Harrison Henry OKs payment to west Kingston residents
Public Defender Arlene Harrison Henry says she has accepted the report of the Compensation Committee and its finding that a payment of more than $200 million is to be made to citizens of Western Kingston, particularly those in Tivoli Gardens, whose rights were violated during the May 2010 joint police-military operation.
The Compensation Committee recommended payment of $134,569,000 for the estates of deceased persons and more than $70 million for property and economic losses, amounting to more than $200 million.
The Office of the Public Defender participated in the David Simmons-led Commission of Enquiry, which ran from 2014 -2016 and later provided legal representation for persons at the Compensation Committee, which submitted its report containing its findings and recommendations to the Ministry of Justice.
"The Office of the Public Defender accepts the report of the Compensation Committee and therefore regards the process of compensation at an end," read a press release with Harrison Henry's signature attached.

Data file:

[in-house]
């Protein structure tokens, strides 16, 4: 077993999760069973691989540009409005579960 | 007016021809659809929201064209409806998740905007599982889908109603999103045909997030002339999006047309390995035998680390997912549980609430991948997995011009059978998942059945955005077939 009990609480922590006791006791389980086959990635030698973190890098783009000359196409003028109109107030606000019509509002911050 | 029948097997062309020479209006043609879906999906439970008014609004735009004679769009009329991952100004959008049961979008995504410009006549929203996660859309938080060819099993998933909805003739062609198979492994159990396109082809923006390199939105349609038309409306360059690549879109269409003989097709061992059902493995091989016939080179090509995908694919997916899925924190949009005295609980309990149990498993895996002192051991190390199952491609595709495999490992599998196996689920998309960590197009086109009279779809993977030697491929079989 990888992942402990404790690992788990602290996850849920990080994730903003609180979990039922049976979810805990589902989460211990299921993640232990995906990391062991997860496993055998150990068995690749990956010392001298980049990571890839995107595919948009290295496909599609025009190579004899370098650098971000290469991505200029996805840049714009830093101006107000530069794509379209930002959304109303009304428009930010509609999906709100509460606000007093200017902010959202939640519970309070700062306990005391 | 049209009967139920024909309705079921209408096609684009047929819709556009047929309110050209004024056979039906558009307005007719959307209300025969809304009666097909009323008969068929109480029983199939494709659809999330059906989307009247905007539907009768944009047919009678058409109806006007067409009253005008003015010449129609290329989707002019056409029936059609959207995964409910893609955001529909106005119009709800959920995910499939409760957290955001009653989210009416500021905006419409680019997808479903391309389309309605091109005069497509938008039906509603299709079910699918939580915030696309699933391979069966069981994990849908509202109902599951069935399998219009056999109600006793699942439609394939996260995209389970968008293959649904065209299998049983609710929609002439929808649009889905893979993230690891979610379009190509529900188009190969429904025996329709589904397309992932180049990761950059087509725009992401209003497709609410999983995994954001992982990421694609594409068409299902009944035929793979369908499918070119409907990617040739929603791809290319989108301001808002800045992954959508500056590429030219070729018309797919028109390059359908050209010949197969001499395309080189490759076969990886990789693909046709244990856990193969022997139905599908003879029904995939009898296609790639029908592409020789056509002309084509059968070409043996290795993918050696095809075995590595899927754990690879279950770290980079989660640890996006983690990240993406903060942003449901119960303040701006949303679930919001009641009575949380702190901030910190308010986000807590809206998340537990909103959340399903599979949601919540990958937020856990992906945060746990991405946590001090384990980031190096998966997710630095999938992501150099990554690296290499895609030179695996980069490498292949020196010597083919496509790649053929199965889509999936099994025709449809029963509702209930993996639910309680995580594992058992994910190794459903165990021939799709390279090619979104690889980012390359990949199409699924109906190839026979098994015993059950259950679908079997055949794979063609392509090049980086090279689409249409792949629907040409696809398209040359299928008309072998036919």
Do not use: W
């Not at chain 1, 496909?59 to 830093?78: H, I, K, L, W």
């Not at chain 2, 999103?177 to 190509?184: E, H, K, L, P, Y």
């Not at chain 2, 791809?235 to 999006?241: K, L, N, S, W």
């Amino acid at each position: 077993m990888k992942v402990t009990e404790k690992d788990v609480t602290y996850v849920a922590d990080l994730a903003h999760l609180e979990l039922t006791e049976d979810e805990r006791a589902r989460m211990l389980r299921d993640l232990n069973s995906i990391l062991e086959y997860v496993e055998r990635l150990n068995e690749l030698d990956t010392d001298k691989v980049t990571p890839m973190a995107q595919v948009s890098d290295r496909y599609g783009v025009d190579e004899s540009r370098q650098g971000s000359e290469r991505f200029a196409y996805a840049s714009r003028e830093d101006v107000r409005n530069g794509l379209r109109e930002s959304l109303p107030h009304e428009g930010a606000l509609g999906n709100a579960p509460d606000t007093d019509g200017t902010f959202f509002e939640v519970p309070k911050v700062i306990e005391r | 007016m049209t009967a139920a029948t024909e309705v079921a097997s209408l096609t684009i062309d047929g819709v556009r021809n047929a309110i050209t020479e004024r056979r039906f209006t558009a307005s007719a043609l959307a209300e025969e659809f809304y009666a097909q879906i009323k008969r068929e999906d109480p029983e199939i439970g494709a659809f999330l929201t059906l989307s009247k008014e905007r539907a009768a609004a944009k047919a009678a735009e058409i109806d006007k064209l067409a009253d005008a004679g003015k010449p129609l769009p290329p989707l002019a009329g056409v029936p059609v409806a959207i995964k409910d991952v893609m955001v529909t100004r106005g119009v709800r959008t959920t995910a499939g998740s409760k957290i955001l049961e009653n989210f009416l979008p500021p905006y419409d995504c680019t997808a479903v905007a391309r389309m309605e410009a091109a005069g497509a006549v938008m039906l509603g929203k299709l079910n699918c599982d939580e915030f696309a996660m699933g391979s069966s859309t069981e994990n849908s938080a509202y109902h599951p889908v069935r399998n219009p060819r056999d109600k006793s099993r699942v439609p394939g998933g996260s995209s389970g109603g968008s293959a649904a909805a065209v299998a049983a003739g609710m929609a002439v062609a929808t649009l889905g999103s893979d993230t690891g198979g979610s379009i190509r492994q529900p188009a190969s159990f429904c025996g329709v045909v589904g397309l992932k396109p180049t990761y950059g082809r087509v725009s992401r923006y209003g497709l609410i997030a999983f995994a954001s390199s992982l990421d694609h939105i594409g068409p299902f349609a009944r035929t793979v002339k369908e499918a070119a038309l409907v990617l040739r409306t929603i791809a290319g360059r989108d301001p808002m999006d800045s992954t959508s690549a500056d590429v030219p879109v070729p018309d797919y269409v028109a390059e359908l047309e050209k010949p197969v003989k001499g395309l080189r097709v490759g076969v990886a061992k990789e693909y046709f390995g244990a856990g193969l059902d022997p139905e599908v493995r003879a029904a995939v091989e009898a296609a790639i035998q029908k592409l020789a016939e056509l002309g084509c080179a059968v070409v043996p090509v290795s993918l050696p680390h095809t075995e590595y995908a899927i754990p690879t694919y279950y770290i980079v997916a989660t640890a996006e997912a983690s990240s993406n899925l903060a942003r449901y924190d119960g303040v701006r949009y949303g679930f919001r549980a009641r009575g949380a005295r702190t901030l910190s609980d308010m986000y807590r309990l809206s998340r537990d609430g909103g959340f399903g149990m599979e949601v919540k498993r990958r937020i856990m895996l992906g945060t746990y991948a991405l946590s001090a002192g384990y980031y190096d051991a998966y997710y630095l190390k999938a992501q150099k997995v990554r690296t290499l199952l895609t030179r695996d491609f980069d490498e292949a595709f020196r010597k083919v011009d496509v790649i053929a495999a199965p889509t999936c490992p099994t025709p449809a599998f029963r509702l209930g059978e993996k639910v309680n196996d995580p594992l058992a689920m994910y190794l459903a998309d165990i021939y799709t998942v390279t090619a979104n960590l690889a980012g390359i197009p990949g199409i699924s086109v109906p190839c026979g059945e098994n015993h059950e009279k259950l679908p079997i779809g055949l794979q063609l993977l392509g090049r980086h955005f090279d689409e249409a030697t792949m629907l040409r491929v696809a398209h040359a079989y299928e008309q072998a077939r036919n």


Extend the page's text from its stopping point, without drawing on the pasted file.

"More than $100 million was paid out to some residents from the Ministry of Labour and Social Security following the joint police-military operations in May 2010," she noted.
The figure represents:
- Compensation for damage suffered to personal property - $71,890,000
- Grants for vendors of Coronation Market - $13,000,000
- Burial assistance - $4,477,000
- Compensation for families for dwellings totally destroyed - $25,250,000
The operations, which were undertaken to capture the fugitive, Christopher 'Dudus' Coke, resulted in the death of 73 civilians and a soldier, while other persons were detained and properties damaged and destroyed.
Financial compensation for persons wronged by the State was one of the recommendations of the West Kingston Commission of Inquiry, which was appointed to investigate the operations.